Three-way conversation needed for further talks of creating Morrin campground

The proposed location of the Morrin Campground with access from the Old Mill Road. ECA Review/Submitted
Written by Terri Huxley

Bill Montgomery, chairman of the Morrin Sod House and Historical Society presented to Starland County council at the regular meeting via video conference on Wed. Nov. 25. 

Montgomery shared that the campground will consist of 12 pull-through sites and green space next to a 10×80 ft. gravel pad.

The society approached the county first as the land this could be situated on is county-owned.

It was asked that the county donate this land as well as resources to set up full hook-ups with the help of volunteers to get it started.

“It would be a benefit to us but also a benefit to the community as a whole,” said Montgomery.    

Councillors asked if the society has approached the village yet but they have not.

“It should be a three-way conversation in regards to this,” said Coun. John Rew.

Council agreed, asking Montgomery to approach the village to see what their position on partnering would be.

Ice plant requests

Council was presented with requests from various community organizations and societies who operate ice plants within the county.

Each year, Starland sets aside $95,000 in grants for operations as well as an additional $38,000 for a slightly different category.

Chief Administrative Officer (CAO) Shirley Bremer stated that ‘community groups that put in an application that normally do’ did for this year as well.

With that, the requests in dollars was larger than the budgeted amount.

Council passed a motion to accept the recommended amount for each application.

“Any help by this point is good help,” said Reeve Steve Wannstrom. “I’m sure they will appreciate it – especially since they can’t fundraise at the moment.”

For the second category, council also passed the recommended amount at $38,000 which would cover 46.65 per cent of the 2019 actual ice plant costs for the Delia, Morrin and Rumsey Agricultural Societies who operate these facilities.

CAO Bremer mentioned she asked for more clarification on one or two of these applications but never received them.

Public Works report

Public works supervisor Ken Menage and Colby Black, assistant public works supervisor presented this meeting’s public work report.

A situation this past season was brought to council for decision.

A county employee who has their Class 1 certification and is a grader operator but with little loader experience was first found to be underweight when transporting gravel.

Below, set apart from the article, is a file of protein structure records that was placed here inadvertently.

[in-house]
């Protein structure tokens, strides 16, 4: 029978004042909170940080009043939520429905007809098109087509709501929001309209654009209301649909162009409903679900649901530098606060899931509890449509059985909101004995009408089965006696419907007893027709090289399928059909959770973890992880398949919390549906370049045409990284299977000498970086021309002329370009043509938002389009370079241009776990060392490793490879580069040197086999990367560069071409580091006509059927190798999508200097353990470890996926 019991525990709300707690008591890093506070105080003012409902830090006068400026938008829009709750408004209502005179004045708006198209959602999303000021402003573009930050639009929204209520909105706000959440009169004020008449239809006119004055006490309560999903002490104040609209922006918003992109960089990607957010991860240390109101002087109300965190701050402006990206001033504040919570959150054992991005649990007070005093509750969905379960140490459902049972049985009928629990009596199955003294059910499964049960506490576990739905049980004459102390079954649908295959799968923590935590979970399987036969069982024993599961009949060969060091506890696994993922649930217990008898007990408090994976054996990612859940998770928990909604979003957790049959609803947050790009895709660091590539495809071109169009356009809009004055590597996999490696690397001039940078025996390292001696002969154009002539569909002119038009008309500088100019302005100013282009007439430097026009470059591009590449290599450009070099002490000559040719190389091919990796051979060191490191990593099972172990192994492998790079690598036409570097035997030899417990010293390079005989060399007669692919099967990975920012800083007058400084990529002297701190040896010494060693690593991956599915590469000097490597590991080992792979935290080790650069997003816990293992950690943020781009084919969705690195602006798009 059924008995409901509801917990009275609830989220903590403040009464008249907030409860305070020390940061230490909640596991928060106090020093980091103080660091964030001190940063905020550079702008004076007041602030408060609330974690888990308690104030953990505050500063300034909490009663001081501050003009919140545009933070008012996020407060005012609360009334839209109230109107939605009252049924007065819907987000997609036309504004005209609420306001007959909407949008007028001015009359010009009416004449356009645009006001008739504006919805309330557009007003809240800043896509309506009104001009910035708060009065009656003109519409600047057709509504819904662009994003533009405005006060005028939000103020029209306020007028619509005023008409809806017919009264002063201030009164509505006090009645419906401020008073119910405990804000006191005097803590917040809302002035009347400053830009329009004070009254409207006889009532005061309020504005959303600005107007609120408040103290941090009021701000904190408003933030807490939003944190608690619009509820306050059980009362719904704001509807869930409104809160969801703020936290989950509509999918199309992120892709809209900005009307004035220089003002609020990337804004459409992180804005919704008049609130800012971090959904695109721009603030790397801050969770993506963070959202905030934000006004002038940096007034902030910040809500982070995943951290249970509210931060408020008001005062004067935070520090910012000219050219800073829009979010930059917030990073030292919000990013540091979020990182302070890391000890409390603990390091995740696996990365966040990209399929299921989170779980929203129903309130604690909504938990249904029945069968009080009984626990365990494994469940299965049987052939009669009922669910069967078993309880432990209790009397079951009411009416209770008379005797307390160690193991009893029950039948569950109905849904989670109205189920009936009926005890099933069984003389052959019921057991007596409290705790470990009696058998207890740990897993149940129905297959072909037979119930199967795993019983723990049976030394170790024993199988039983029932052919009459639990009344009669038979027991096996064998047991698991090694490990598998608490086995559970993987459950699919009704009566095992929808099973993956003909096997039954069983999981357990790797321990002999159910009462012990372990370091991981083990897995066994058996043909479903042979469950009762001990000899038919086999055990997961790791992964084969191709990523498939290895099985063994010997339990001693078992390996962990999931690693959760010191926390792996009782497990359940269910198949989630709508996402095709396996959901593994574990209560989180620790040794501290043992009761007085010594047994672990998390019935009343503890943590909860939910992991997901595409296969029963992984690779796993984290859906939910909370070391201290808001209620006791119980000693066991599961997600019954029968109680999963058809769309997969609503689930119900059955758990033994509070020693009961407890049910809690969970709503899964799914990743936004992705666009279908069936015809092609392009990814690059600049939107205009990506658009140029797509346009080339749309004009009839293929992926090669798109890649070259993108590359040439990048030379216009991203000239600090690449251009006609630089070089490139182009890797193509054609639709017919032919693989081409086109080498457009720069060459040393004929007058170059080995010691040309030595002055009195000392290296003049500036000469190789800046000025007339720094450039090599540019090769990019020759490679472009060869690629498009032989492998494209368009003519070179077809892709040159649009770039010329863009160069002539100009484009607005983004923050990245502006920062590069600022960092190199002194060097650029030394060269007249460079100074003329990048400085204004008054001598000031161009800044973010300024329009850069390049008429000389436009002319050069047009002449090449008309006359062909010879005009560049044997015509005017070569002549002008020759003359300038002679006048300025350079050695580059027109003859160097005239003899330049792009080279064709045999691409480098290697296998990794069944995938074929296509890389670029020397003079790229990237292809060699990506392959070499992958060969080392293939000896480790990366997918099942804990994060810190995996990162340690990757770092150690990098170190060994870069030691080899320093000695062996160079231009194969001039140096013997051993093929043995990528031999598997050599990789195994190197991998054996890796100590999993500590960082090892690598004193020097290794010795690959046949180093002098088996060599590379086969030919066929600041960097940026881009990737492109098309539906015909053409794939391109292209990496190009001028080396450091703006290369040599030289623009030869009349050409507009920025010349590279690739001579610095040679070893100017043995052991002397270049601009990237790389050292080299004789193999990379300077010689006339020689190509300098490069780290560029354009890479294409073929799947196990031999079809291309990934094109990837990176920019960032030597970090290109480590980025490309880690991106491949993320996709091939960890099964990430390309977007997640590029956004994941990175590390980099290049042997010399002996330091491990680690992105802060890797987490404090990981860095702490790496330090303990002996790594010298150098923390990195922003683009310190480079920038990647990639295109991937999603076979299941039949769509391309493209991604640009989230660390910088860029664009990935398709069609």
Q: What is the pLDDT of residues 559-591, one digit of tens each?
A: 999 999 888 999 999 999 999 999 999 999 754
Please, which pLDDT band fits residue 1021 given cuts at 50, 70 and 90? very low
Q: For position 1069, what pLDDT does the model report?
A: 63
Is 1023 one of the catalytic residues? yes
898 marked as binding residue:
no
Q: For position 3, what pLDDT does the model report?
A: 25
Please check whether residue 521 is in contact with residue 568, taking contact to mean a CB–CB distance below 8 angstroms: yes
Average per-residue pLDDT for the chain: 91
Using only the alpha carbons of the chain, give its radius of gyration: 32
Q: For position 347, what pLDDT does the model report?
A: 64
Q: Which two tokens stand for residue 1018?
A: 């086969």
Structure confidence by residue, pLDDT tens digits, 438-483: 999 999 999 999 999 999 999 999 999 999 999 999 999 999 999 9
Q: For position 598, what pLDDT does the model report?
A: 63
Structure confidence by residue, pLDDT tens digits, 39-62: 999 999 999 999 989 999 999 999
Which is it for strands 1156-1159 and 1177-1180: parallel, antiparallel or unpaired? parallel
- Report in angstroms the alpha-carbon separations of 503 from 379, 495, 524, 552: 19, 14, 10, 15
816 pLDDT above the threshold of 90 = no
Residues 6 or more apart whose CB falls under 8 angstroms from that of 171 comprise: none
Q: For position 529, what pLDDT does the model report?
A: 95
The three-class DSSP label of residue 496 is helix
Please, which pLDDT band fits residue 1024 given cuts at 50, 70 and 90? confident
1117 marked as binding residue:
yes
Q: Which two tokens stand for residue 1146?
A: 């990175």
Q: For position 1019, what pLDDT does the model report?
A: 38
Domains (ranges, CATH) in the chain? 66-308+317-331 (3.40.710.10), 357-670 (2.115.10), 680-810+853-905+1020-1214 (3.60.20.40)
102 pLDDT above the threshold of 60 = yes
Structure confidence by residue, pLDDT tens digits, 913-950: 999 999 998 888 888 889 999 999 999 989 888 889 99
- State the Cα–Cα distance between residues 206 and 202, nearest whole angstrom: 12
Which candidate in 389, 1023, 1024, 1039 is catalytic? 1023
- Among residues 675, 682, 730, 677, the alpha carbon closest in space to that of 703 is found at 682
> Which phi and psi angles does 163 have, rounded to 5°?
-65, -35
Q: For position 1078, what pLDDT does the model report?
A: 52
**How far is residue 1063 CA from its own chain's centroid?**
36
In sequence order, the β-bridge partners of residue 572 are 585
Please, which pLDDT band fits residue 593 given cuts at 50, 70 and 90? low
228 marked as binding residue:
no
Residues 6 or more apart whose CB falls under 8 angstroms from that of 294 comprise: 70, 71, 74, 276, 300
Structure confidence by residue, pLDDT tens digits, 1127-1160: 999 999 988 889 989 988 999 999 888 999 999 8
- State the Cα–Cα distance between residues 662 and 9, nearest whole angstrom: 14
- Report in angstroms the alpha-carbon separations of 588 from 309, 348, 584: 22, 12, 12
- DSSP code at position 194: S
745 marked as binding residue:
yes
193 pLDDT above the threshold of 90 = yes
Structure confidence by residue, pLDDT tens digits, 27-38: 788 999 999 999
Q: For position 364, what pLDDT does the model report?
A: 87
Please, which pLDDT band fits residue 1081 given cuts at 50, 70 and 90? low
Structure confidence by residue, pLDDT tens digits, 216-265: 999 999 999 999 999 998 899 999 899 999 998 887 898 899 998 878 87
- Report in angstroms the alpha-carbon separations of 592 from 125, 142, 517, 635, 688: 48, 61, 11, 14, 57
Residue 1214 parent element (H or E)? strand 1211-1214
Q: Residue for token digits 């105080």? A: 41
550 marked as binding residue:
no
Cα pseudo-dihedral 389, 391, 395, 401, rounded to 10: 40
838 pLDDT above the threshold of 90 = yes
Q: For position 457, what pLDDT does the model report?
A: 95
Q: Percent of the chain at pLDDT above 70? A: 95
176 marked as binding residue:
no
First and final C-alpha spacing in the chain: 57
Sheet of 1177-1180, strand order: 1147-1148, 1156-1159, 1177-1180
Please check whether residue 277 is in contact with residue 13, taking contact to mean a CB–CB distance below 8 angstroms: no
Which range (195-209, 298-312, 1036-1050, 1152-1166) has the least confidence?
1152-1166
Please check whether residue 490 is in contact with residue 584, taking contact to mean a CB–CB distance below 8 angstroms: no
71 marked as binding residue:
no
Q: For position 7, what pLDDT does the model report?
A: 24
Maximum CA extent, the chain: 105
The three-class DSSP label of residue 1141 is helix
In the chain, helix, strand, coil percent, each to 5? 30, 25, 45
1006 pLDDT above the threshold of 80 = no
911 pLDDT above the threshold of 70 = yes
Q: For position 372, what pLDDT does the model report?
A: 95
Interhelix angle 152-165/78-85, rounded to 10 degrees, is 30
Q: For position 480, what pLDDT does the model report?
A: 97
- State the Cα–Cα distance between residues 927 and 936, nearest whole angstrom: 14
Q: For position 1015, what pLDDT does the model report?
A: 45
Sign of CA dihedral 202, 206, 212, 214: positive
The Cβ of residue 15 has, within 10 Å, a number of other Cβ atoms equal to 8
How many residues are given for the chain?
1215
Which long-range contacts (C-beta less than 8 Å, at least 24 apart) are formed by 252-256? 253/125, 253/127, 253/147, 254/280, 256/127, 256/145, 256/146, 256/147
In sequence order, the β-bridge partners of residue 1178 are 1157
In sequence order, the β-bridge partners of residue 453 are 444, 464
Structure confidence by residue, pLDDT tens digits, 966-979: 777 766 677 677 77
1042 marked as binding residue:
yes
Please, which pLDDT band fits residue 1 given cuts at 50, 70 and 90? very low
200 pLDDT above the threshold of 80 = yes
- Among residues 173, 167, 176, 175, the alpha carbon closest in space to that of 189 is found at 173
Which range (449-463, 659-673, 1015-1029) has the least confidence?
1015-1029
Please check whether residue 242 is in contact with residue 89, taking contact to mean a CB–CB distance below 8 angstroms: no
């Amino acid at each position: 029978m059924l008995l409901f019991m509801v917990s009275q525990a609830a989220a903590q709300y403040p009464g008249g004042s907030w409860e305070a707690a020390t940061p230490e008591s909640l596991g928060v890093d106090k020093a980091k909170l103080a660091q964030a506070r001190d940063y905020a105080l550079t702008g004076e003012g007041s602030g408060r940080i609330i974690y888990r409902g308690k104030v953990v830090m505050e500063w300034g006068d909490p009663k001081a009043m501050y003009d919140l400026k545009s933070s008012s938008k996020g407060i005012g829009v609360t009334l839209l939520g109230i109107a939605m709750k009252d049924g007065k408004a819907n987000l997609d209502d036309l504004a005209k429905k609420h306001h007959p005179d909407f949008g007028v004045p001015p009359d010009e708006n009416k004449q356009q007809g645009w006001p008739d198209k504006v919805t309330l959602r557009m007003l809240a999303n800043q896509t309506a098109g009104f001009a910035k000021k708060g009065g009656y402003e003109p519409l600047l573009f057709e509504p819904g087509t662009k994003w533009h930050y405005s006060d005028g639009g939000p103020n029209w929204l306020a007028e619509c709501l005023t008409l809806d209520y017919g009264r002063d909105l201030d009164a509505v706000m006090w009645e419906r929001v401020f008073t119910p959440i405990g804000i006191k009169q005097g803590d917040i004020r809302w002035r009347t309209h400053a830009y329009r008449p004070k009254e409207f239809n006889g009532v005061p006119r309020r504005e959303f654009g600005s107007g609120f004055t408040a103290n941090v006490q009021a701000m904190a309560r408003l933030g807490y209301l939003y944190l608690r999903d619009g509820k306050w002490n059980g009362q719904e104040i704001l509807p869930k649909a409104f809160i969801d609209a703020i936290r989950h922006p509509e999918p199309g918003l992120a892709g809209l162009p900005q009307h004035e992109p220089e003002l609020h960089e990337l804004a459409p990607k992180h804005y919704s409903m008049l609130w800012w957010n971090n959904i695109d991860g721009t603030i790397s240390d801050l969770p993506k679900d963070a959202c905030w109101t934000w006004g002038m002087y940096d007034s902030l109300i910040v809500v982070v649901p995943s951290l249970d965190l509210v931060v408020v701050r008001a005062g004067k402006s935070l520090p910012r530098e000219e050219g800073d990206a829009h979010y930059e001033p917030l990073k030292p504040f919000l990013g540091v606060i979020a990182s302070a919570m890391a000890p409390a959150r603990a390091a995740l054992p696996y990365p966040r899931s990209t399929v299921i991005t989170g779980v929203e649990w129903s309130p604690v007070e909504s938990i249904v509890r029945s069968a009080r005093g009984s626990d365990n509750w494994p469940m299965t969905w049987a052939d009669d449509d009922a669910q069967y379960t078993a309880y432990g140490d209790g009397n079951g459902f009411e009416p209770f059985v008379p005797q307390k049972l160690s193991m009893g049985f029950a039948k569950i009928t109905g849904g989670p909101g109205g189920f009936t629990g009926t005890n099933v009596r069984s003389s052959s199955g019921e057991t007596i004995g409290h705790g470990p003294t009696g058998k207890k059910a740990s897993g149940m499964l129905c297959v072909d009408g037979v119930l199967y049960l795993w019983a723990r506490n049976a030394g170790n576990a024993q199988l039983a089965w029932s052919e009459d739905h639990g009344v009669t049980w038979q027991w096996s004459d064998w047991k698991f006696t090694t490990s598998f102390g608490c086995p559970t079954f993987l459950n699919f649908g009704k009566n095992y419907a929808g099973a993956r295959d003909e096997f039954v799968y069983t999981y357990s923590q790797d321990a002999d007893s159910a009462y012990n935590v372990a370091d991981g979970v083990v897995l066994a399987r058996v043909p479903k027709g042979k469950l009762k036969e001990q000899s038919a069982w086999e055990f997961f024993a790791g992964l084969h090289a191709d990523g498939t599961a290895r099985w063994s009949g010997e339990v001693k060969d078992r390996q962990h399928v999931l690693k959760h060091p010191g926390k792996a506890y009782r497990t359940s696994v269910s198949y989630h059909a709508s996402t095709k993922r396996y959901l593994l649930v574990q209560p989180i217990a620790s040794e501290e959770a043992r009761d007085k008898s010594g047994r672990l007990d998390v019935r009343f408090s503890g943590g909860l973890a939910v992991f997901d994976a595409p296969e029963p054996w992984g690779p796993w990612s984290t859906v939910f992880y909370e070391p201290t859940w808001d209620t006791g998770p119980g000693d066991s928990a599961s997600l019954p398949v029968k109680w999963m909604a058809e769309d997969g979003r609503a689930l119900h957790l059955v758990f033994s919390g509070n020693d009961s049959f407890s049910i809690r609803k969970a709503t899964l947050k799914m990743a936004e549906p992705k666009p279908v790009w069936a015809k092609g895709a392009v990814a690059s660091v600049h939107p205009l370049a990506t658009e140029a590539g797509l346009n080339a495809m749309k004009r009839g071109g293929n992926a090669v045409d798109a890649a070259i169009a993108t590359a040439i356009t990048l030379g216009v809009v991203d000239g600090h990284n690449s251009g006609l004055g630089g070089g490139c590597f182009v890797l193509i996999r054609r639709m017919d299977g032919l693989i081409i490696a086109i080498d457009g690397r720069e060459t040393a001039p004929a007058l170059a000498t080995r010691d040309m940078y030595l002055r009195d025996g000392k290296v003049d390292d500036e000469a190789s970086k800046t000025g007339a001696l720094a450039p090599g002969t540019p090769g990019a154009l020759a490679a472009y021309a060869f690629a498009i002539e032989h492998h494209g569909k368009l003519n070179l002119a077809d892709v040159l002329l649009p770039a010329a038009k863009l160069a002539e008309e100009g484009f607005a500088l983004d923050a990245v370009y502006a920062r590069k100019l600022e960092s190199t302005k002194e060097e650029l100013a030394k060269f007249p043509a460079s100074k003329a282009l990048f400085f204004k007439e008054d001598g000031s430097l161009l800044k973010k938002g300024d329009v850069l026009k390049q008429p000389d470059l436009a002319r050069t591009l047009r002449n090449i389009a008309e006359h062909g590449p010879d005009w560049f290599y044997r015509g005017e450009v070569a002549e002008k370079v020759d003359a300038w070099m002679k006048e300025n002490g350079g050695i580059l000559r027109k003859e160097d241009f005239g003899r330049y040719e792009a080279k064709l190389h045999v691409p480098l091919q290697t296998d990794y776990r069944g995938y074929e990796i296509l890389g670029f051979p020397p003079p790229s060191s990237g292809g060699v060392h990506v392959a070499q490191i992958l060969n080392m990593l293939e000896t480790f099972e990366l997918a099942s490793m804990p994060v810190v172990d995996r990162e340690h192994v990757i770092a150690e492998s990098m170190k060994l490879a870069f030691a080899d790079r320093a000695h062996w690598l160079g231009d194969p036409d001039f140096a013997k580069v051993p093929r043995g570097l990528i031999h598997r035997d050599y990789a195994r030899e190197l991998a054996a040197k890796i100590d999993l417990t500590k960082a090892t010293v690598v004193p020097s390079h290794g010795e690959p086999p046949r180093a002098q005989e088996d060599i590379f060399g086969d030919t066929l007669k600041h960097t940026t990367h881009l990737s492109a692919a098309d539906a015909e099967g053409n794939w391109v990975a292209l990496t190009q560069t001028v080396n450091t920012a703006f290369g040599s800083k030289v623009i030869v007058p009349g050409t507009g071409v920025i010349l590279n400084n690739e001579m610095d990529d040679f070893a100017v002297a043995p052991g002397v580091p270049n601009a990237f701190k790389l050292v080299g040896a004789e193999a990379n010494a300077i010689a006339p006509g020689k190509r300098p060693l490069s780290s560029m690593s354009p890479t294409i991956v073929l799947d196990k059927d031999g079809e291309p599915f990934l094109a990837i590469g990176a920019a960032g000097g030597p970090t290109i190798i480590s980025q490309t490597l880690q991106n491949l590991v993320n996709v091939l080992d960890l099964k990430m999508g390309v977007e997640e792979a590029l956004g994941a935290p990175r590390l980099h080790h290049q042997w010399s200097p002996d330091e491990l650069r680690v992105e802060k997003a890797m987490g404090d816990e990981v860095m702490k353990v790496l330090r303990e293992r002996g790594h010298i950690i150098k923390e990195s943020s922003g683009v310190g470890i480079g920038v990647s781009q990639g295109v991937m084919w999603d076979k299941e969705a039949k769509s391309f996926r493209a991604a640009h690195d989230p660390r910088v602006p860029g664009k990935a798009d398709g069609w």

He was asked to replace another employee who was sick and was unable to be at work.

In this particular case to load the trucks, employees were using a track-hoe instead of their regular loader due to the slope of the area.

It was explained this loader did not have a proper scale that has not worked ‘since factory’ compared to their normal equipment.

After the first time being found underweight, the employee loaded the truck but was then found to be 7,000 kg overweight and was subsequently fined at the weigh scales for $3,948. 

$1,900 is still owed on this ticket.

Menage asked if council would consider paying the remaining balance as this was not the employee’s fault.

To make a point, Menage noted that the county has been operating with a ‘skeleton crew’ of seven people compared to 19 last year.

Coun. John Rew described the situation as a ‘total accident’ and “one of those things that happens”.

A motion to pay the dues was passed due to COVID-19 restrictions and lack of trained staff on said equipment was passed.

Tax arrears cancelled

Council was shown the oil and gas companies within Starland who are in receivership.

Receivership is a requirement to apply for Provincial Education Requisition Credit funding.

Council passed a motion to cancel these taxes as per Section 347 (1)(a) of the Municipal Government Act.

In total, they are writing off $2,124,364.90 from six companies including Trident Limited Partnership at $1,509,728.95, Trident Exploration Corp. at $539,927.06, Traverse Energy at $18,243.86, Canadian Oil and Gas Inc. at $1,206, Capital Oil Ltd. at $1,036.53 and Blaze Energy at $222.50.

PLRD letter for school shop

CAO Bremer showed Starland’s letter of support for the transition of Morrin School’s old gym to be turned into the school’s future shop building.

Council passed a motion to send the letter.


Terri Huxley

ECA Review

About the author

Terri Huxley

Terri grew up on a grain farm near Drumheller, Alberta with an eye for the beautiful and uncharted. Living in such a unique and diverse area has helped her become the photographer and reporter she is today.

Coming from the East Central region getting this newspaper on her dinner table growing up, it helped her understand the community she now serves.

In May 2019, Terri was awarded Alberta Weekly Newspaper Association (AWNA) Canada's Energy Citizens Photographic Awards Sports Action – First Place as well as first for the same sports action image nationally with the Canadian Community Newspaper Association (CCNA). Fast forward to 2020, she has won second in the same category for the AWNA.